• SR., Good question;) I , of course am not a BSE, Mom, but I do have a retorical question to yours:) " If a Mother and Father adopted a child today, instead of BSE, time...does it mean their LOVE for the child is NOT the same as those parents from that era? Those 2 statements, are hog-wash! I think it is borders ignorance to make such statements. I will continue my journey...for the soul purpose of allowing all to know, that it has happened...can happen...and will happen, until we create a united REFORM of the current system! So ALL and ANY of those whom cannot "stand' to hear me repeat it...SUCK IT UP...move on to the next reply, cuz I ain't goin anywhere:) JMHO, Blessings, C.J.

    Answer by ceejay1 at 10:04 AM on Nov. 19, 2009

  • ?Honestly & humbly, Nope. I wanted to believe that open adoption was the answer for the pain & anguish that I was hearing from birth mothers across the board. "

    Interesting that you should say that. When I started educating myself about adoption after reunion, I reached the conclusion fast that closed adoptions were cruel, inhumane and not the best way for an adoption to function. My opinion was based not only on how profoundly I was affected at reunion once I finally realized the enormity of my loss, but meeting so many others in such deep pain who were in closed adoptions, adoptees and birth parents.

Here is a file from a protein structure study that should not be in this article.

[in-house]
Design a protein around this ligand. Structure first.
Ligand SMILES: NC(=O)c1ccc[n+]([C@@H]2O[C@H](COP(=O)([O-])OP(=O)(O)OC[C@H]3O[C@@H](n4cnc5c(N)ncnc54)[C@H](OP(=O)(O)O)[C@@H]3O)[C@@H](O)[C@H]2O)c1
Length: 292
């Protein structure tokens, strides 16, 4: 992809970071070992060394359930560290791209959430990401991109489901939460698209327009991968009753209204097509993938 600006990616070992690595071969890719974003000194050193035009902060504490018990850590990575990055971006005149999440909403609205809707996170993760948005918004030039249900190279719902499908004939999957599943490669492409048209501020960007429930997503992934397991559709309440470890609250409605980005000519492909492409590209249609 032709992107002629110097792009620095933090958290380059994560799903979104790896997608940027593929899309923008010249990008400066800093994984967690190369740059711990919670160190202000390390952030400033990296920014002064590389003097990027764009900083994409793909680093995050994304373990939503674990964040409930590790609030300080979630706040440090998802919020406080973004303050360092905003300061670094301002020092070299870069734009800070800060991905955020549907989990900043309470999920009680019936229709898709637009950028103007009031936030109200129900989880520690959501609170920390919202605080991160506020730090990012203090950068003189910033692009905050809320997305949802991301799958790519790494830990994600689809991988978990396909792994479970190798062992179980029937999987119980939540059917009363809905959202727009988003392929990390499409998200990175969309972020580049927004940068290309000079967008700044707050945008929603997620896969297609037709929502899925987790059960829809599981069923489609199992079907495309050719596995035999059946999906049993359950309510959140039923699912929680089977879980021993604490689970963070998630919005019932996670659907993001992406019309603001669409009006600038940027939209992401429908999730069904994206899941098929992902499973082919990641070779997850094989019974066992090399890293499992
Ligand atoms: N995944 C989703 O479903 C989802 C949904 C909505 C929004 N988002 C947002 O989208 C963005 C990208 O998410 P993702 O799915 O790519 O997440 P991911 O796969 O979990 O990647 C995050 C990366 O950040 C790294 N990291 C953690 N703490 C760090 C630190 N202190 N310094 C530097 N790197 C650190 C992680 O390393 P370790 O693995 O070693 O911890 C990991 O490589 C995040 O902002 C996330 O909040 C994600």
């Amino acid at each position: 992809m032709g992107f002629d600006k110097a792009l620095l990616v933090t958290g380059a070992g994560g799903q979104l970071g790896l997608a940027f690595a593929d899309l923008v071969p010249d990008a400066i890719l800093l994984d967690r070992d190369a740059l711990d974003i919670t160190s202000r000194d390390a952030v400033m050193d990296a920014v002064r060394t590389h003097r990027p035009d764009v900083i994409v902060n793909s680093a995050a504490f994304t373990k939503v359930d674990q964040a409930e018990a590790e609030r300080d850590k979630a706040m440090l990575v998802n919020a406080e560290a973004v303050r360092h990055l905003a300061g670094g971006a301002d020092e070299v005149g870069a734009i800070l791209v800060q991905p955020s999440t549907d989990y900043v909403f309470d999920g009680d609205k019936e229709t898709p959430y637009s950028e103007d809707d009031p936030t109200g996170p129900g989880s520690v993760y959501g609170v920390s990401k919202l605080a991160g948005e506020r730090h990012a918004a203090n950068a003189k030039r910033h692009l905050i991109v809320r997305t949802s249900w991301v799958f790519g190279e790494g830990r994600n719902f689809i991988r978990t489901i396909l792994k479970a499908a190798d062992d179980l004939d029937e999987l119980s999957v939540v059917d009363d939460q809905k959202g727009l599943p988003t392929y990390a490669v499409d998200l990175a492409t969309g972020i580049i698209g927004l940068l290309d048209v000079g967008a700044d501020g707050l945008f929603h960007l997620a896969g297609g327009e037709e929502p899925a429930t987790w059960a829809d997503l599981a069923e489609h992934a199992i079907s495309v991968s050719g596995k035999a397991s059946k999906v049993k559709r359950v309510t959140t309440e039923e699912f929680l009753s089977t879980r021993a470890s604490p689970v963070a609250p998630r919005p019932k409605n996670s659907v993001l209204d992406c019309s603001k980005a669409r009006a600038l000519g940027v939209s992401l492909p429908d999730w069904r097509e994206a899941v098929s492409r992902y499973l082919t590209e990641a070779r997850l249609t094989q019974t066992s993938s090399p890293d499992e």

I kept probing, digging and searching for a better solution. I remember one night saying to my therapist (an adult adoptee) that I thought maybe open adoptions were the solution. She told me she didn't think so. In her experience as a therapist, she said that most open adoptions she knew about closed,,,,,

    Answer by Southernroots at 12:22 PM on Nov. 19, 2009

  • when a child was nearly 2 years old. She said she believed that open adoptions were too tough for most birth moms to manage. I needed/wanted a less painful option, but the more I found out about open adoptions, the less I believed that for a birth mom that they were much easier. In fact, in some ways, they are more difficult, depending on the woman. The fact of the adoption is always right there, in your face, in open adoptions. That being said, I still am in favor of them IF there must be an adoption, for the child's sake. But, open adoptions are STILL very painful for birth moms.

    Answer by Southernroots at 12:27 PM on Nov. 19, 2009

  • Everyone's perspective if relevant but no one's perspective is all encompassing.

    I think the issue is often how someone put their perspective out there. I think that an Amom with a Open adoption can have as equally valid opinion because she is living and breathing it every day, as someone who is a bmom, but placed in a type of adoption that doesnt exist anymore.

    Not addressed to the OP: but we run into problems when we push that our personal perspective is more valid for whatever reason.

    Answer by Anonymous at 12:39 PM on Nov. 19, 2009